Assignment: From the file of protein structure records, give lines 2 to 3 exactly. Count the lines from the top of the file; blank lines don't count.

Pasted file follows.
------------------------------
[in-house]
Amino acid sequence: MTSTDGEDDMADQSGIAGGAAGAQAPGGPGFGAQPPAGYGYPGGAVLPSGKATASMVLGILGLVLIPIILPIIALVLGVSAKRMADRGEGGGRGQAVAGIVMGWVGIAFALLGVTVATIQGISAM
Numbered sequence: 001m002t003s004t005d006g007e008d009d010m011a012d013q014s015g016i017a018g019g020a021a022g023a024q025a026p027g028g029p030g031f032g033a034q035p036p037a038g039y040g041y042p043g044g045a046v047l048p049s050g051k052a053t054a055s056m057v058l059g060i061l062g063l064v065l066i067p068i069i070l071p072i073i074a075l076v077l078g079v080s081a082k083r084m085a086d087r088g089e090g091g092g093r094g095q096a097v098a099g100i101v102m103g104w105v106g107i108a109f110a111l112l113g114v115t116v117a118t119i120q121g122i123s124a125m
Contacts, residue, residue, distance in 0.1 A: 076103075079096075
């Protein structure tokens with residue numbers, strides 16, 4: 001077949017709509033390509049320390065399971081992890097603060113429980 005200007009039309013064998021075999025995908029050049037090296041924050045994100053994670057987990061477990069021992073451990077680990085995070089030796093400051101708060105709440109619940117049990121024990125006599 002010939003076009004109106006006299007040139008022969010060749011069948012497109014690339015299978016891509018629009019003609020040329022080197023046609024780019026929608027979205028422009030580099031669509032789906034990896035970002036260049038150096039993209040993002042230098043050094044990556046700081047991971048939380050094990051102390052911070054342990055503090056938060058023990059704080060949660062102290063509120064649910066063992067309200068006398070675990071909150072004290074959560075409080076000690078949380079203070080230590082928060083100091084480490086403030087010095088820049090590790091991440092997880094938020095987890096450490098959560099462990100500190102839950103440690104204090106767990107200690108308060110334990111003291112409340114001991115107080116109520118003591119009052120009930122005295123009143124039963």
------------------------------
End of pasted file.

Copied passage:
Amino acid sequence: MTSTDGEDDMADQSGIAGGAAGAQAPGGPGFGAQPPAGYGYPGGAVLPSGKATASMVLGILGLVLIPIILPIIALVLGVSAKRMADRGEGGGRGQAVAGIVMGWVGIAFALLGVTVATIQGISAM
Numbered sequence: 001m002t003s004t005d006g007e008d009d010m011a012d013q014s015g016i017a018g019g020a021a022g023a024q025a026p027g028g029p030g031f032g033a034q035p036p037a038g039y040g041y042p043g044g045a046v047l048p049s050g051k052a053t054a055s056m057v058l059g060i061l062g063l064v065l066i067p068i069i070l071p072i073i074a075l076v077l078g079v080s081a082k083r084m085a086d087r088g089e090g091g092g093r094g095q096a097v098a099g100i101v102m103g104w105v106g107i108a109f110a111l112l113g114v115t116v117a118t119i120q121g122i123s124a125m